Trends and Challenges in Care Policies Development in Croatia and the Czech Republic

Tuesday, July 15, 2014: 10:54 AM
Room: 413
Oral Presentation
Blanka PLASOVÁ , Masaryk University, Czech Republic
Ivana DOBROTIC , University of Zagreb, Faculty of Law, Zagreb, Croatia
Care for dependent family members has become an important policy area which requires substantial reforms in many European countries. Care policies are increasingly restructured, where the trend towards new forms of care governance can be recognised, with a sustainability of care system becoming an important driver of reforms. Still, the policy answers countries opt for and their modes of implementation fairly differ. These are reflection of country specific institutional, political, socio-economic and cultural circumstances, and transnational ideas. That makes care policies an interesting field for further comparative research.

This paper addresses the main reform trends in care policies in Croatia and the Czech Republic. In socialism both countries predominantly relied on state provision of eldercare and childcare, however, due to the lack of care facilities, the informal/family provision of care was quite widespread. With economic, social and political changes during the transition period new ideas and principles become present at the political level such as growing tendency towards increased pluralisation of care providers and enhanced family’s responsibility in care. Nevertheless, they varied between the policy areas and countries, and were not fully realised in policy reforms, what resulted in different consequences for both, persons in care need and care providers.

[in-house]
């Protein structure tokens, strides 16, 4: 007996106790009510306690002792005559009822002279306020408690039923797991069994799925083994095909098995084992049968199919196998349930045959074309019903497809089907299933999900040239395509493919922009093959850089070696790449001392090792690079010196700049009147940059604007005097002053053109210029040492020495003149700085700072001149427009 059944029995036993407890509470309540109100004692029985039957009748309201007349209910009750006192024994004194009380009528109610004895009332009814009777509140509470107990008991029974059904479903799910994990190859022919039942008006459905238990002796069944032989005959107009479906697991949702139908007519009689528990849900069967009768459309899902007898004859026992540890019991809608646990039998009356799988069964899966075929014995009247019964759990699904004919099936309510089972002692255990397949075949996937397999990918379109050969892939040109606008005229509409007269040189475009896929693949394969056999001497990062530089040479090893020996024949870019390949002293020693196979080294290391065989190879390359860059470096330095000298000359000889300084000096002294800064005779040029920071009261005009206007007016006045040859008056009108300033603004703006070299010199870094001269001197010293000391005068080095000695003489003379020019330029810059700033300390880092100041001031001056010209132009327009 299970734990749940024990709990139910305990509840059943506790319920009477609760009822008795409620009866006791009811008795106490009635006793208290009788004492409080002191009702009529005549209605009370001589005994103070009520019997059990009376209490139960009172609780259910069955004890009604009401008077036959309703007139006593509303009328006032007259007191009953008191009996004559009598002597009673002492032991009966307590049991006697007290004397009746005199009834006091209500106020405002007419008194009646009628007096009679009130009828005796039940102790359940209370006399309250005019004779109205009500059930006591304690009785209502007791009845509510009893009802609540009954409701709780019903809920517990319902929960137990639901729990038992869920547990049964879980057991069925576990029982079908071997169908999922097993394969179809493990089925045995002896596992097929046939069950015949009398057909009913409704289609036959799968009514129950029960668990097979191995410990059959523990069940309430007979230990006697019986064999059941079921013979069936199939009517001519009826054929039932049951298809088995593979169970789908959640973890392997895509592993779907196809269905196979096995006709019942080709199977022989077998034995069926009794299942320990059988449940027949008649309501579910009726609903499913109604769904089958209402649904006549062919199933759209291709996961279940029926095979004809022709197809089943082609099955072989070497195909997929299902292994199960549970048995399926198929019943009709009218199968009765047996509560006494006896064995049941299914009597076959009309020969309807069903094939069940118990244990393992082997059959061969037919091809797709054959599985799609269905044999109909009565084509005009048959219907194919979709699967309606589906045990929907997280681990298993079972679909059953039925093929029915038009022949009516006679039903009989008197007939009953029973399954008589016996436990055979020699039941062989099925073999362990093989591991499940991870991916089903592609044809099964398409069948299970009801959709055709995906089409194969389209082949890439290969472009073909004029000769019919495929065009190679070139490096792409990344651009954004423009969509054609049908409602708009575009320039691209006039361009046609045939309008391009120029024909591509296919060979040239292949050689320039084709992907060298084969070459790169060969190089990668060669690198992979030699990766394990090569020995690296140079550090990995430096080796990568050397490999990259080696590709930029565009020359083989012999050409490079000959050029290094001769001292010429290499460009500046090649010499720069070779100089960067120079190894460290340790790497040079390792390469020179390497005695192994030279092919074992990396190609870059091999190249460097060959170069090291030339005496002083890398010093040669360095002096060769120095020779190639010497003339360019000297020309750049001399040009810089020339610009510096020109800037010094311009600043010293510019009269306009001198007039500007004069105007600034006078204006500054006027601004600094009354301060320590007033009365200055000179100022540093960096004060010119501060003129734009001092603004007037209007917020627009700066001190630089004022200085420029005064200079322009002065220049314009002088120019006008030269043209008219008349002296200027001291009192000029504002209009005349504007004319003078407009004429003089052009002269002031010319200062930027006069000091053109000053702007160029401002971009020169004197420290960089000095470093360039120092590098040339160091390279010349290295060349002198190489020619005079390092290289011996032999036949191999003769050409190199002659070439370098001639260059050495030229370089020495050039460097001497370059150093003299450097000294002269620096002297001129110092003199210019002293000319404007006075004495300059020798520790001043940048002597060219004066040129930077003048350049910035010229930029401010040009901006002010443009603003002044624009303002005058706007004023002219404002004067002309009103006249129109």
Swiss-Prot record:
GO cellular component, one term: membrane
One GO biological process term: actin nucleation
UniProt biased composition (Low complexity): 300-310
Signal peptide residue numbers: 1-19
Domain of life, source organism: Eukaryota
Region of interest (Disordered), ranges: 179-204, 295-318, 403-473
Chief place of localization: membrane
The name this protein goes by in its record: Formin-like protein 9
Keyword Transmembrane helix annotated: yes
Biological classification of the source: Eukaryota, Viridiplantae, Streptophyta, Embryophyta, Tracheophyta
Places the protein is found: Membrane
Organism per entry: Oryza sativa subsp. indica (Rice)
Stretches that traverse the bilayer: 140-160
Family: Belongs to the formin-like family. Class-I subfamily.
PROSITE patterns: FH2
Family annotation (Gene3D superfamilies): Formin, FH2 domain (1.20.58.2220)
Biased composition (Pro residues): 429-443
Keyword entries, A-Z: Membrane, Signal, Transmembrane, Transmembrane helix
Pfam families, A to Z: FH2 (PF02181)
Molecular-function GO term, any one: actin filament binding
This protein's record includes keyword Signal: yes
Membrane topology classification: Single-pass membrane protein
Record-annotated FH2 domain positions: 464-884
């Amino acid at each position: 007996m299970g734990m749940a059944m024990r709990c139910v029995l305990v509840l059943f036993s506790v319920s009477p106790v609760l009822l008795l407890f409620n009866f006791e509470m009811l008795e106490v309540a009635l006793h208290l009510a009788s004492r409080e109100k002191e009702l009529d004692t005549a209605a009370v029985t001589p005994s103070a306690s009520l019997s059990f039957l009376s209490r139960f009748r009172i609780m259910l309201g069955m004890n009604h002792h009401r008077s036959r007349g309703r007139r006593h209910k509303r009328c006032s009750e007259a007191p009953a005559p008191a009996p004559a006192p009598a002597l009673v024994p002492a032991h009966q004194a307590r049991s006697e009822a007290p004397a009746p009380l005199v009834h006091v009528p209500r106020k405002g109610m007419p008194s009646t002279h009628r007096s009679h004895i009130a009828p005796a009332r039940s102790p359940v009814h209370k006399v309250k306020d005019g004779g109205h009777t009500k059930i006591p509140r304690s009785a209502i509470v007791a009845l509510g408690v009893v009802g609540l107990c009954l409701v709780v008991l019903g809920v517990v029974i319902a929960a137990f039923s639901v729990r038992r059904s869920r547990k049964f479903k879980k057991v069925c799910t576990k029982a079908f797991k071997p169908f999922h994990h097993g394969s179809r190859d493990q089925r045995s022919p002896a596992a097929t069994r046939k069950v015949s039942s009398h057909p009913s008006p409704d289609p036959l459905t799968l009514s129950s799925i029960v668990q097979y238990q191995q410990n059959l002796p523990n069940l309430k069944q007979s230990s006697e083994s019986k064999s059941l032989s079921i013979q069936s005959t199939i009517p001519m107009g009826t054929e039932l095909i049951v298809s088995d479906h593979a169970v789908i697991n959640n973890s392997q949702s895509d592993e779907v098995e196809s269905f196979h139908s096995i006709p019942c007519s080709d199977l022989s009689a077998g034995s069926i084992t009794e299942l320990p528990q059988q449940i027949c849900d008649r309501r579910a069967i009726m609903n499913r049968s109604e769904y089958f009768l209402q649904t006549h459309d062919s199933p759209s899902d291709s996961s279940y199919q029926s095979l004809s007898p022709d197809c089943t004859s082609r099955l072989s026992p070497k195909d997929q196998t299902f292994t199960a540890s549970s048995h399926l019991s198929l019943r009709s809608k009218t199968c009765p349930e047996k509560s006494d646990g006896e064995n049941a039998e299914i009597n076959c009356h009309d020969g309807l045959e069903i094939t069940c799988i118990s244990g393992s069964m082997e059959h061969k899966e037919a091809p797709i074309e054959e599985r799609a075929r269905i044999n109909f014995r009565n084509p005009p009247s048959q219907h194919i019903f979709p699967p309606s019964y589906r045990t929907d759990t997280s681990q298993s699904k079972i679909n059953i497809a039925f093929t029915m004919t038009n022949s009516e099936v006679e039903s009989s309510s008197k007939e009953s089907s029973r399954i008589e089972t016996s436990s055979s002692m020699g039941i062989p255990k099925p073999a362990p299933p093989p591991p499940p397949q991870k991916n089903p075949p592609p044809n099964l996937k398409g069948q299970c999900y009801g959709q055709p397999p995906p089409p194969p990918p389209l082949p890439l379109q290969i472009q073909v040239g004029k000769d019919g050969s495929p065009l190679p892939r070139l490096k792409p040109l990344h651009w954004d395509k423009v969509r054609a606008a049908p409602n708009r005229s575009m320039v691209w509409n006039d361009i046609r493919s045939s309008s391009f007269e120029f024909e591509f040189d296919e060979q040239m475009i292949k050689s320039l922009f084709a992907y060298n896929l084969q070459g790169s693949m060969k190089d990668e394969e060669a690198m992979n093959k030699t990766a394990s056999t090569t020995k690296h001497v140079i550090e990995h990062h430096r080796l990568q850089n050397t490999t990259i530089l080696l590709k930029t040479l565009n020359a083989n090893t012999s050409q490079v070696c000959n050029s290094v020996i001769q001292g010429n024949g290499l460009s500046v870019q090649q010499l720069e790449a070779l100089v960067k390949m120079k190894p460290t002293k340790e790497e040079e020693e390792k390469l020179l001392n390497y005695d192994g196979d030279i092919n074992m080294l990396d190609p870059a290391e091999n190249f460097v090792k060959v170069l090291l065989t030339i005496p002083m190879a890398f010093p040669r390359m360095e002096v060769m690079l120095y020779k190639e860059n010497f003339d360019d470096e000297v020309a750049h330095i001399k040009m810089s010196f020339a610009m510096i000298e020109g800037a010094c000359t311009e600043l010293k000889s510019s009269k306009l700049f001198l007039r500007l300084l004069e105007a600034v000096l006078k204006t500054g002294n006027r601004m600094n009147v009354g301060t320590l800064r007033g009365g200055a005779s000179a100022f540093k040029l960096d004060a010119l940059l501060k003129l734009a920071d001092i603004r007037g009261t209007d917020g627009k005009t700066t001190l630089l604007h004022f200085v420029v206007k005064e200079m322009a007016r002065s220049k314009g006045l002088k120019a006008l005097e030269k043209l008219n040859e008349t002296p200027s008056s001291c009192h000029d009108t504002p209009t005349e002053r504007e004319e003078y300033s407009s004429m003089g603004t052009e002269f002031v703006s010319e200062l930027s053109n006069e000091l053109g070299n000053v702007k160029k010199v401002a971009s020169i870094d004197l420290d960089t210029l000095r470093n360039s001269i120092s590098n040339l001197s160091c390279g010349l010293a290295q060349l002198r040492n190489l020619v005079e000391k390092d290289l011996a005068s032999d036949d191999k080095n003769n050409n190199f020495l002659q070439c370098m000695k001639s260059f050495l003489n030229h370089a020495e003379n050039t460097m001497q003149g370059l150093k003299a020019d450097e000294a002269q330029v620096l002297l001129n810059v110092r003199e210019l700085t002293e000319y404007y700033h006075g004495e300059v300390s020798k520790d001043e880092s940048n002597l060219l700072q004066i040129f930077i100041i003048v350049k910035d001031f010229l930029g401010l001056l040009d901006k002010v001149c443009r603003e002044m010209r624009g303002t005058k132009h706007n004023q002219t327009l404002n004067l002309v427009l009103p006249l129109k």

In order to unravel similarities and differences in care policies development in Croatia and the Czech Republic, the structural, organisational, quality and financial aspects of childcare and eldercare are discussed as well as the main discourses and principles behind the reforms. They are additionally placed in the context of accessibility and affordability of services. The paper aims to explain what circumstances led to the reforms and under what logic were the childcare and eldercare systems redesigned and reorganised since the 1990, and what were the reform consequences regarding the access and delivery of care services.